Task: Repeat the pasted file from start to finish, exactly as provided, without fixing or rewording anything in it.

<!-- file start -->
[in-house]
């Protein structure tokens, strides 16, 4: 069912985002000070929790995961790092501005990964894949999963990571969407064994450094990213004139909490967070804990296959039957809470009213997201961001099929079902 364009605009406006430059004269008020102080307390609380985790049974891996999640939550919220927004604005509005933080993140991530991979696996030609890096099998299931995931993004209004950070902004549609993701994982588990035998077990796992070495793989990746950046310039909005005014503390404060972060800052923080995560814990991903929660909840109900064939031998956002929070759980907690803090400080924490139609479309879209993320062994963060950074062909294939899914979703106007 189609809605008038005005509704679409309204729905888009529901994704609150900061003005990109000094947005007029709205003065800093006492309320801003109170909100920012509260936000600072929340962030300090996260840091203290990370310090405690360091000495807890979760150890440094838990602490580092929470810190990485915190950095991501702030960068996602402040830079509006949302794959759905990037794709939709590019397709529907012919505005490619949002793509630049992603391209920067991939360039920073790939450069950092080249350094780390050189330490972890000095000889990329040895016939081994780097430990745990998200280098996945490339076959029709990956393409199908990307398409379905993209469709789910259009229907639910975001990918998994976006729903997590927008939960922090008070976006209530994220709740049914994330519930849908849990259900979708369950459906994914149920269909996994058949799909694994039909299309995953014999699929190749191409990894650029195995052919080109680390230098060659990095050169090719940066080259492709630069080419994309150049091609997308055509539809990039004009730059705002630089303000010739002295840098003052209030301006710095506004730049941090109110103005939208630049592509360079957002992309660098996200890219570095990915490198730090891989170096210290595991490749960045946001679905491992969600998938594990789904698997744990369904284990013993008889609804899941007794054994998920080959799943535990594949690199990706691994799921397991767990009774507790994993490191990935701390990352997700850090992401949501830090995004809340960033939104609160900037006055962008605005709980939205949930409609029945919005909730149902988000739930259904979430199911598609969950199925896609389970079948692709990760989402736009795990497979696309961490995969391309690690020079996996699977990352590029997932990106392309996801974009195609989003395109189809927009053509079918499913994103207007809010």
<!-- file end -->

[in-house]
């Protein structure tokens, strides 16, 4: 069912985002000070929790995961790092501005990964894949999963990571969407064994450094990213004139909490967070804990296959039957809470009213997201961001099929079902 364009605009406006430059004269008020102080307390609380985790049974891996999640939550919220927004604005509005933080993140991530991979696996030609890096099998299931995931993004209004950070902004549609993701994982588990035998077990796992070495793989990746950046310039909005005014503390404060972060800052923080995560814990991903929660909840109900064939031998956002929070759980907690803090400080924490139609479309879209993320062994963060950074062909294939899914979703106007 189609809605008038005005509704679409309204729905888009529901994704609150900061003005990109000094947005007029709205003065800093006492309320801003109170909100920012509260936000600072929340962030300090996260840091203290990370310090405690360091000495807890979760150890440094838990602490580092929470810190990485915190950095991501702030960068996602402040830079509006949302794959759905990037794709939709590019397709529907012919505005490619949002793509630049992603391209920067991939360039920073790939450069950092080249350094780390050189330490972890000095000889990329040895016939081994780097430990745990998200280098996945490339076959029709990956393409199908990307398409379905993209469709789910259009229907639910975001990918998994976006729903997590927008939960922090008070976006209530994220709740049914994330519930849908849990259900979708369950459906994914149920269909996994058949799909694994039909299309995953014999699929190749191409990894650029195995052919080109680390230098060659990095050169090719940066080259492709630069080419994309150049091609997308055509539809990039004009730059705002630089303000010739002295840098003052209030301006710095506004730049941090109110103005939208630049592509360079957002992309660098996200890219570095990915490198730090891989170096210290595991490749960045946001679905491992969600998938594990789904698997744990369904284990013993008889609804899941007794054994998920080959799943535990594949690199990706691994799921397991767990009774507790994993490191990935701390990352997700850090992401949501830090995004809340960033939104609160900037006055962008605005709980939205949930409609029945919005909730149902988000739930259904979430199911598609969950199925896609389970079948692709990760989402736009795990497979696309961490995969391309690690020079996996699977990352590029997932990106392309996801974009195609989003395109189809927009053509079918499913994103207007809010």